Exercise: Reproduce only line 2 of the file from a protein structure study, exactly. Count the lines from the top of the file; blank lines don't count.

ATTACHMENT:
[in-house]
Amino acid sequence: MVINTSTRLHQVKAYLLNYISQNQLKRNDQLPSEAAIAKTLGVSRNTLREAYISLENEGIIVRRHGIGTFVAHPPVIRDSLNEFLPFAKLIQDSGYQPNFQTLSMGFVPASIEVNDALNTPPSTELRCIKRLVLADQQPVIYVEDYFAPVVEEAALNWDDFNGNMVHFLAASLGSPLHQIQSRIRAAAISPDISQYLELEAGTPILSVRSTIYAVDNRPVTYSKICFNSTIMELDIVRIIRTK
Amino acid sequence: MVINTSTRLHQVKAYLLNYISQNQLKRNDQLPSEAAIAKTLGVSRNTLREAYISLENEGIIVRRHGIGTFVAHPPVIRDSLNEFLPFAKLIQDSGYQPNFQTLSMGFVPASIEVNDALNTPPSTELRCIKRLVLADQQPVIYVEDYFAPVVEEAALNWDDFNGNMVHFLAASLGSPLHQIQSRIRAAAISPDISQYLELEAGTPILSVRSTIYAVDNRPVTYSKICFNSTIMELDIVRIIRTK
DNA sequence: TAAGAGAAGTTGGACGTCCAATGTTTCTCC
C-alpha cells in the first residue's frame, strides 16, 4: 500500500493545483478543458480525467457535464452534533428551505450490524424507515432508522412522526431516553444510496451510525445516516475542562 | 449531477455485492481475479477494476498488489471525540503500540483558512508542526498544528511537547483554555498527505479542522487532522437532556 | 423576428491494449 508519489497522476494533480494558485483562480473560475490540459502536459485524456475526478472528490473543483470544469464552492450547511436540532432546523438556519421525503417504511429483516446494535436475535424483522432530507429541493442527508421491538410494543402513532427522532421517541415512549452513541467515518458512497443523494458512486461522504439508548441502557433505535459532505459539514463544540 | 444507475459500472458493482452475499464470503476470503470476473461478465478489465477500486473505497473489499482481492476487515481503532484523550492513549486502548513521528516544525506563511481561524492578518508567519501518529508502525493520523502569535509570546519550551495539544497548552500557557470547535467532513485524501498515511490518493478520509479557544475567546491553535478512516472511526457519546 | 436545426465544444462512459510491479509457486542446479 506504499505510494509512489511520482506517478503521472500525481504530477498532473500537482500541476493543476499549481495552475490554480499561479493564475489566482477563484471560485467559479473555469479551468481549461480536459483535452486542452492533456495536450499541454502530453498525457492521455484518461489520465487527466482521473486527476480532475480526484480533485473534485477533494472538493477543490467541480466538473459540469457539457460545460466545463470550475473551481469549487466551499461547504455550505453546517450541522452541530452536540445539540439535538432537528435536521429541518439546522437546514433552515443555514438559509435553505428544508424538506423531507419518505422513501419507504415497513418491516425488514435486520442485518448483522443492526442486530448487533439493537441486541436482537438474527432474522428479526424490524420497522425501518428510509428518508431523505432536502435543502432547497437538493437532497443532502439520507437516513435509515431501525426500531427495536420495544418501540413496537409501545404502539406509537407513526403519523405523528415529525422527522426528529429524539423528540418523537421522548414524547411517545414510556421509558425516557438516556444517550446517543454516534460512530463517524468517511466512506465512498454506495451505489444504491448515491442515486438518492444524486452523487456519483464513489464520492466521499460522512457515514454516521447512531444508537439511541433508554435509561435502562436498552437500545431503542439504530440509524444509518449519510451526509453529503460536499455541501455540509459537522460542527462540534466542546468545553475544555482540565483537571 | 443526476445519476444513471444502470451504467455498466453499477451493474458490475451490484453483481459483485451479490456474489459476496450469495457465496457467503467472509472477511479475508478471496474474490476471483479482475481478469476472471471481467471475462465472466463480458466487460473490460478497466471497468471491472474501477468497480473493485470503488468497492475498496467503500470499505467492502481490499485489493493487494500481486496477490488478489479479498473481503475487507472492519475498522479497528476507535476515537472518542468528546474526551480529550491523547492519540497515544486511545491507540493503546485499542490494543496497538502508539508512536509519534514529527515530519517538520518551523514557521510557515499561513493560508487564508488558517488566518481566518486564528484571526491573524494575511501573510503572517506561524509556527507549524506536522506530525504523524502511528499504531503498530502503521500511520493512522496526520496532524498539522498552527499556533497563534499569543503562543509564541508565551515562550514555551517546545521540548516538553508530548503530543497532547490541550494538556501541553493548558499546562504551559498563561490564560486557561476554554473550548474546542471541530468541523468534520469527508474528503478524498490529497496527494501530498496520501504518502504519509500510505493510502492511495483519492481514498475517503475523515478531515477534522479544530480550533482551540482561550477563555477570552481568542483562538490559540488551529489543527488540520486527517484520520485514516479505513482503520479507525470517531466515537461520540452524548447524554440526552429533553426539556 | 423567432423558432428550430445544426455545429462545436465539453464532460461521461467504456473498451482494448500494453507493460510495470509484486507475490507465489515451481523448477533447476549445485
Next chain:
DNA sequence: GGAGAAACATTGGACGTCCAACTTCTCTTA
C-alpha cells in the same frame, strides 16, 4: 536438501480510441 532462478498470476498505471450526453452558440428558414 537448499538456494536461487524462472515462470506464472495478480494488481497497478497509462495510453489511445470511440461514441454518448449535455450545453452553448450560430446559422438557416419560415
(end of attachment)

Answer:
Amino acid sequence: MVINTSTRLHQVKAYLLNYISQNQLKRNDQLPSEAAIAKTLGVSRNTLREAYISLENEGIIVRRHGIGTFVAHPPVIRDSLNEFLPFAKLIQDSGYQPNFQTLSMGFVPASIEVNDALNTPPSTELRCIKRLVLADQQPVIYVEDYFAPVVEEAALNWDDFNGNMVHFLAASLGSPLHQIQSRIRAAAISPDISQYLELEAGTPILSVRSTIYAVDNRPVTYSKICFNSTIMELDIVRIIRTK